Sector-based exchange-traded funds (ETF) can play an important role in investment strategy. They help diversify risk by spreading investment funds across the equity stocks of more than one company or even more than one country.
But they have an additional key characteristic. They can turn a passive approach to investment into something very different: tactical industry-based positioning. Investors who want to do more than slavishly follow an index can use ETF to tilt their portfolio.
Says Nizam Hamid, ETF strategist in Europe at ETF specialist WisdomTree: “You might have a view on financial institutions and think banks are very cheap by traditional measures. An ETF can spread risk through diversification while tilting your portfolio.”
Nizam Hamid, ETF strategist in Europe, WisdomTree
Passive into active
In effect, choosing a sector-based ETF turns a supposedly passive investment into an active investment. Merryn Somerset Webb summed it up in a Financial Times column on 24 June about MSCI’s decision to include China mainland stocks in its emerging market index.
“If you choose an MSCI index to follow, you should remember creating that index involves regular stock picking and regular asset allocation decisions. Index investing does not make you a passive investor...it just means you have chosen MSCI to be your active manager.”
State Street Global Advisors is an ETF pioneer and giant. It says in its SPDR (pronounced spider) ETF explanation that a sector approach enables investors to take advantage of economic trends that have targeted implications for the performance of specific industries.
State Street says that adding a sector strategy to a portfolio allows for nuanced investing without introducing the potential for additional idiosyncratic risk through single-stock investing. Sectors can out- or underperform during different phases of the economic cycle.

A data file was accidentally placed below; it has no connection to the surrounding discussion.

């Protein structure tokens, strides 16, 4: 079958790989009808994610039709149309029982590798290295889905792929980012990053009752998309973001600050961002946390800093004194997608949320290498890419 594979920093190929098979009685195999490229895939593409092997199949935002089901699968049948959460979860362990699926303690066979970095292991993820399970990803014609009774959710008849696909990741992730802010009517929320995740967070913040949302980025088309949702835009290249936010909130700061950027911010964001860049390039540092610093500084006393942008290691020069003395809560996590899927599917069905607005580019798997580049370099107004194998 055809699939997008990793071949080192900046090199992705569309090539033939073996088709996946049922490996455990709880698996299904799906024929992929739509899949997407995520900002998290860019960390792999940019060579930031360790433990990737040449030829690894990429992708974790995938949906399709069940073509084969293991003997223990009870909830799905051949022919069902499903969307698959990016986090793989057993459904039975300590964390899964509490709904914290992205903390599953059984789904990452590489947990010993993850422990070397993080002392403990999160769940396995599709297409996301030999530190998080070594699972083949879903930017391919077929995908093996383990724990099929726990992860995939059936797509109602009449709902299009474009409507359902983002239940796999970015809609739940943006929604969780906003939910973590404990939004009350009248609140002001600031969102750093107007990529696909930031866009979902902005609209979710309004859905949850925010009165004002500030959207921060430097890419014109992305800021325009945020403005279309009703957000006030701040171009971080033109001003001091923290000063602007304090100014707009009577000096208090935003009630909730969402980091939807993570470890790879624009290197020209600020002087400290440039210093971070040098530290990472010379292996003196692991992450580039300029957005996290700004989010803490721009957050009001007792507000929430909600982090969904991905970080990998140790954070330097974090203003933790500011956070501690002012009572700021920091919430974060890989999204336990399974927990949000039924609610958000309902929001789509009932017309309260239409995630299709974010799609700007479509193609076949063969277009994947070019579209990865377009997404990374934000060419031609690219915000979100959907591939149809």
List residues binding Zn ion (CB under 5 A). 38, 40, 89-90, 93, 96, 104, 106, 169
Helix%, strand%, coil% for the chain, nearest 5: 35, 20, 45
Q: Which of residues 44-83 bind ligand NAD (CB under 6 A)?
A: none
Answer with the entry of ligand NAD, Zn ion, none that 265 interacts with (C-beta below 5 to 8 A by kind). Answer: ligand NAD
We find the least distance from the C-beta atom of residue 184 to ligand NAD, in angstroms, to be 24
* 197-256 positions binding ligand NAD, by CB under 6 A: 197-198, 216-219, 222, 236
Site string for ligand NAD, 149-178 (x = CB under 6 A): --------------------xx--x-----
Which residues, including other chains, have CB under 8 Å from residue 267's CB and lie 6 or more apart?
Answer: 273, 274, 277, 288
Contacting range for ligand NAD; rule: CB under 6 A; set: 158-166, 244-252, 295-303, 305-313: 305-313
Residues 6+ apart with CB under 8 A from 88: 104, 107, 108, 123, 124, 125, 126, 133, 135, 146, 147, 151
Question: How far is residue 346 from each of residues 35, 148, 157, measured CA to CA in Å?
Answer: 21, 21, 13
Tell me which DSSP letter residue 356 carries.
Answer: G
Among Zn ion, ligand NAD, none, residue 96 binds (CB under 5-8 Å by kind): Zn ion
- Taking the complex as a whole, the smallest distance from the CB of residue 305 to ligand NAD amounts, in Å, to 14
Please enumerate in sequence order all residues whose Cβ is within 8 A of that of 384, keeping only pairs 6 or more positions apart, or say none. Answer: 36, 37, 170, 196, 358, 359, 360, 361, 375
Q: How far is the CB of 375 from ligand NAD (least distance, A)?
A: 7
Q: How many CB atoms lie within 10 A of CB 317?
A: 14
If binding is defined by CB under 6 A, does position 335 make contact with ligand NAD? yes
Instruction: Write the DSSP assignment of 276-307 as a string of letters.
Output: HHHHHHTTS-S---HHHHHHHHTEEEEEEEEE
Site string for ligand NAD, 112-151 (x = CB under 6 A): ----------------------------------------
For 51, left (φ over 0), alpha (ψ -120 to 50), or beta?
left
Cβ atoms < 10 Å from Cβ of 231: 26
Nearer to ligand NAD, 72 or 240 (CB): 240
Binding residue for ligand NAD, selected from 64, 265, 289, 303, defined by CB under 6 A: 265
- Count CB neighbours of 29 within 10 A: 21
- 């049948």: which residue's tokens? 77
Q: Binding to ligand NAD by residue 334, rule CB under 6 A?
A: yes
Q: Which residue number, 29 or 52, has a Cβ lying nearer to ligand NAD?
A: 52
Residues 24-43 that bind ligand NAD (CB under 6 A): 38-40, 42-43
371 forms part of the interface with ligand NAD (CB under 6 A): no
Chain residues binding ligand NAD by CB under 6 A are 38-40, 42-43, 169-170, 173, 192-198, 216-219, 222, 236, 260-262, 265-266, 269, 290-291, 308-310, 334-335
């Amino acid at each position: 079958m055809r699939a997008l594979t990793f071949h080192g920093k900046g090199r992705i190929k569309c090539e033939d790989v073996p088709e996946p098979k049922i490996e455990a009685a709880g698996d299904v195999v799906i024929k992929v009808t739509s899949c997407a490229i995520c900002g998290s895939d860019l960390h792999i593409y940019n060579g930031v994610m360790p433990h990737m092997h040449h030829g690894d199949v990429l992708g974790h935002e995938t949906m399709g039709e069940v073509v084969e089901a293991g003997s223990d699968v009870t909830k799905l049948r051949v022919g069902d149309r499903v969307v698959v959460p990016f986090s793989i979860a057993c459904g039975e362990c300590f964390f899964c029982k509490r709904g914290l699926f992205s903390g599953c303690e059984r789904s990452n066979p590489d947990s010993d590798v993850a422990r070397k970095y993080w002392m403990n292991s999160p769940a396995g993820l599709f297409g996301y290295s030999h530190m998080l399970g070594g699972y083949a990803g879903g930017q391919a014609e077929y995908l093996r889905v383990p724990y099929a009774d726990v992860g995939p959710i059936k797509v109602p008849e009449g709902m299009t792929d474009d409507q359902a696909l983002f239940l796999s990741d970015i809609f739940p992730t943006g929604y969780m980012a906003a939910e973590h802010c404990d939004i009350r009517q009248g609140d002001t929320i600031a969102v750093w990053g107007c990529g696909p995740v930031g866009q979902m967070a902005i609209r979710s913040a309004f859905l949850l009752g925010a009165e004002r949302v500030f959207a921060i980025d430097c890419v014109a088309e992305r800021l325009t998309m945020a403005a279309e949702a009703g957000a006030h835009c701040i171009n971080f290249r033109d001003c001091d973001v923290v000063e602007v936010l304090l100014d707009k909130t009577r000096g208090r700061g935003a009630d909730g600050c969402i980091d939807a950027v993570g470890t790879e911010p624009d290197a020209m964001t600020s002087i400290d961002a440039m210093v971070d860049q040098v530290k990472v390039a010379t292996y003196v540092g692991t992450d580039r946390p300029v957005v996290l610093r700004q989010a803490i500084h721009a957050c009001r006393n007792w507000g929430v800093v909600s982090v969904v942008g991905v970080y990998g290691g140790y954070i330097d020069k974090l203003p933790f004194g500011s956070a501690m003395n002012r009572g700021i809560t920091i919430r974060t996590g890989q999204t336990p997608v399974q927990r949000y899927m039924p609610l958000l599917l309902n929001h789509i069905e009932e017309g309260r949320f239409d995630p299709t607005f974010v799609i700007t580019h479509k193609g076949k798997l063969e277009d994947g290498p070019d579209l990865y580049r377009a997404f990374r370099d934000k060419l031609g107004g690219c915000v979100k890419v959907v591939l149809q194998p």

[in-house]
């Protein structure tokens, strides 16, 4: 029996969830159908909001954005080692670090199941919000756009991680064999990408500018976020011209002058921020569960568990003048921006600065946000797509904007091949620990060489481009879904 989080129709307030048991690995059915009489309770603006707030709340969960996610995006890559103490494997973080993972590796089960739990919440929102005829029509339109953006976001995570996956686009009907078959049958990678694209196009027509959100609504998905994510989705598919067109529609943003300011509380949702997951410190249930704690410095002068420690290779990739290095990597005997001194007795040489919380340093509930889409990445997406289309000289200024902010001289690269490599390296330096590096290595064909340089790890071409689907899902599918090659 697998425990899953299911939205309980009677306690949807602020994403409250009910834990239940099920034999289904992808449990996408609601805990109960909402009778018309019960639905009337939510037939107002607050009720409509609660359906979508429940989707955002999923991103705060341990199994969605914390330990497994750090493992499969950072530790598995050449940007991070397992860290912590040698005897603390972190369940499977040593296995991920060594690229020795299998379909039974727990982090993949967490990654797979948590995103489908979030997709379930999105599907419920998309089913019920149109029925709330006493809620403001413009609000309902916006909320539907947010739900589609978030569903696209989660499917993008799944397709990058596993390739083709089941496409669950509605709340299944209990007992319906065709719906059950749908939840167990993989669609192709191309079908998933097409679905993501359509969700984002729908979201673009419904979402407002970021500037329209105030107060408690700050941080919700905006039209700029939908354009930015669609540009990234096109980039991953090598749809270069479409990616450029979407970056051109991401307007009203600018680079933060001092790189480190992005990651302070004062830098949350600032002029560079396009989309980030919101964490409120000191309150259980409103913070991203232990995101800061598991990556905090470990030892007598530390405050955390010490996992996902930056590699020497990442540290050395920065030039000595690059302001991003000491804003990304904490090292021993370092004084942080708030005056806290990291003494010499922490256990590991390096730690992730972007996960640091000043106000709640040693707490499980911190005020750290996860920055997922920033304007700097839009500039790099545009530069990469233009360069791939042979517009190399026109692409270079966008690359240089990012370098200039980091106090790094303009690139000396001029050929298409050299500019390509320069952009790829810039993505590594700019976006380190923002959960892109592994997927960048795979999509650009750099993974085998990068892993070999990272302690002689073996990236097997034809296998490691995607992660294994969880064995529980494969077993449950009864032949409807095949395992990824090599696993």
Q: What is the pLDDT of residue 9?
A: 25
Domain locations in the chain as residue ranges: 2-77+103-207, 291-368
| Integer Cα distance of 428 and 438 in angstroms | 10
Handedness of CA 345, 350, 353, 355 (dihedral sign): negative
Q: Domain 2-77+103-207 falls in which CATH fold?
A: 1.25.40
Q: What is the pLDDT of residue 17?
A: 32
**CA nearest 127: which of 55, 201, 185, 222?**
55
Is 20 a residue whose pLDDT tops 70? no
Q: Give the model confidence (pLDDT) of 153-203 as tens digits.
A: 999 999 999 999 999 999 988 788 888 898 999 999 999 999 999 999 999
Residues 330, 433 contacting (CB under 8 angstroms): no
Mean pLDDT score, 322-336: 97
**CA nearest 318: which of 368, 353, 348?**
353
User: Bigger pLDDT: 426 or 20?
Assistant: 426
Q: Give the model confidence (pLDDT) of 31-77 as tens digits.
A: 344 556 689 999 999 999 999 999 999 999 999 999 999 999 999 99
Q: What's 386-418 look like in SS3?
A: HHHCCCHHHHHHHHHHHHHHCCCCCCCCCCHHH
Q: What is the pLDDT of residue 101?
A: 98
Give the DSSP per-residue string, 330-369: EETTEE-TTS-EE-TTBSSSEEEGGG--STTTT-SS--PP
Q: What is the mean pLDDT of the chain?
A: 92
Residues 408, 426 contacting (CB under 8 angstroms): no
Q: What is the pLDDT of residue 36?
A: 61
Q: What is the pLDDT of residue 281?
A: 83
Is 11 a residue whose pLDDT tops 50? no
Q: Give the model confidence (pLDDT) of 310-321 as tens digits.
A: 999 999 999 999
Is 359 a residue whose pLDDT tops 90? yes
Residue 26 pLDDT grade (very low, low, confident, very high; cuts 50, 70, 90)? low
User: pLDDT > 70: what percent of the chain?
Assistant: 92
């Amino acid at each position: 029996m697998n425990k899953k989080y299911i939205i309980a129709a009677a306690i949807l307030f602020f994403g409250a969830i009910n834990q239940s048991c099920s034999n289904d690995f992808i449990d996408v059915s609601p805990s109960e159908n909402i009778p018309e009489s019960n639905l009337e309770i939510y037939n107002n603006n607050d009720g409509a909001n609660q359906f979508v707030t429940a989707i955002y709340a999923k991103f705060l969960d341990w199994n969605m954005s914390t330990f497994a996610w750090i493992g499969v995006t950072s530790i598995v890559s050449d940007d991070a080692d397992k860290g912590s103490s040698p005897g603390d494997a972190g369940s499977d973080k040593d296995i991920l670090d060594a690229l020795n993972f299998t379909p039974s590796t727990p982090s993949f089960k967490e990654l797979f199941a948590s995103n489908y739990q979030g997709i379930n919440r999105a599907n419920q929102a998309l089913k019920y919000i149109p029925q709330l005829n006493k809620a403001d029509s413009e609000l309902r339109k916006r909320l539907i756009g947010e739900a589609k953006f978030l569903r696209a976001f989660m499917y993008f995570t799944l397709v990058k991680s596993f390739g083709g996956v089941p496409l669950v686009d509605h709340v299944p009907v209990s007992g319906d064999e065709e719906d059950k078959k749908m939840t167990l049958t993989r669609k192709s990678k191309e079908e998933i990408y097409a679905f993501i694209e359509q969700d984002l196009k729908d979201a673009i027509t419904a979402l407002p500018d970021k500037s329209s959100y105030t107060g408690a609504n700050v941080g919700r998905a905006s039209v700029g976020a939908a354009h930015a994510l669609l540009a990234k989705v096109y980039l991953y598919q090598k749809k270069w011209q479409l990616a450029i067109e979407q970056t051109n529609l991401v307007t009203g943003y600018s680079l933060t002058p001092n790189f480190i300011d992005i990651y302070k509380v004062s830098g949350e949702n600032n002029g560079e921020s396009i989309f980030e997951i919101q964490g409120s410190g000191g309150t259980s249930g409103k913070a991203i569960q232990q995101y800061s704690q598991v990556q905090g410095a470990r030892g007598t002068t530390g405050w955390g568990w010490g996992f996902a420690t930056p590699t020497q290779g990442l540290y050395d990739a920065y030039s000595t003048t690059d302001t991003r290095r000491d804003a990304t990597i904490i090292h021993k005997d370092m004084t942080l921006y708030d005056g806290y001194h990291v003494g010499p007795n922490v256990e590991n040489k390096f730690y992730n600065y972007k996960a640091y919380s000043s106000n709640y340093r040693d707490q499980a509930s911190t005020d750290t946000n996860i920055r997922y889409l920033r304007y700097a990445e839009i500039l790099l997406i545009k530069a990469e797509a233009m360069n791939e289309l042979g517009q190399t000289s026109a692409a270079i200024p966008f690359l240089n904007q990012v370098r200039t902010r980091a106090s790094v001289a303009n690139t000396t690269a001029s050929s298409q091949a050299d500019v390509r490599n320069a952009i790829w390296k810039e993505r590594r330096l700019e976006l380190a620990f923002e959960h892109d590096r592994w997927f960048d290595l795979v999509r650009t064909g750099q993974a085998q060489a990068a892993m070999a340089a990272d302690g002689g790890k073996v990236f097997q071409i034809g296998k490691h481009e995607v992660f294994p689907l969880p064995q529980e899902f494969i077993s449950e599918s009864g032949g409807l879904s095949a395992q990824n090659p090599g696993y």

This behaviour is driven by factors such as corporate earnings, interest rates, and inflation. Investors can use ETF to increase their allocation to sectors expected to outperform because of cyclical trends.
They can also cut their allocation to sectors that are expected to underperform. Interest-rate-sensitive sectors like consumer discretionary, technology and financials tend to benefit in the early stages of economic recovery, as more confident consumers increase borrowing.
People buy when interest rates are low
People tend to buy things like cars and houses while interest rates remain low. But these sectors tend to perform less well when the economy contracts, as interest rates rise and consumers’ borrowing ability decreases.
As sustained growth in the economy matures and slows, materials and industrials will generally experience gains as their sales increases. When the economic cycle moves into recession, inflationary pressures can lead to outperformance in the energy sector.
Businesses with stable revenues, like healthcare, consumer staples and utilities, tend to perform well. Investing in entire sectors helps reduce the risk that a collapse in a single stock has a large adverse impact on the entire portfolio.
Diversification inherently good
It is inherently good to have diversification and to reduce risk, says Nizam Hamid. An ETF will help investors do that. “But you might want to take a slightly different approach and buy exposure with a bias to value stocks or high-yield: so-called smart beta strageties.”
From his extremely specialist niche in the financial world, he has developed the view that investors have a tendency focus too much on return and not enough on the risk associated with any individual investment.
“Owning equities is great for some investors, but a more defensively minded approach might suit others better,” he comments. He then adds that it is essential to understand the ‘portfolio effect’, holding different assets that are not highly correlated with one another.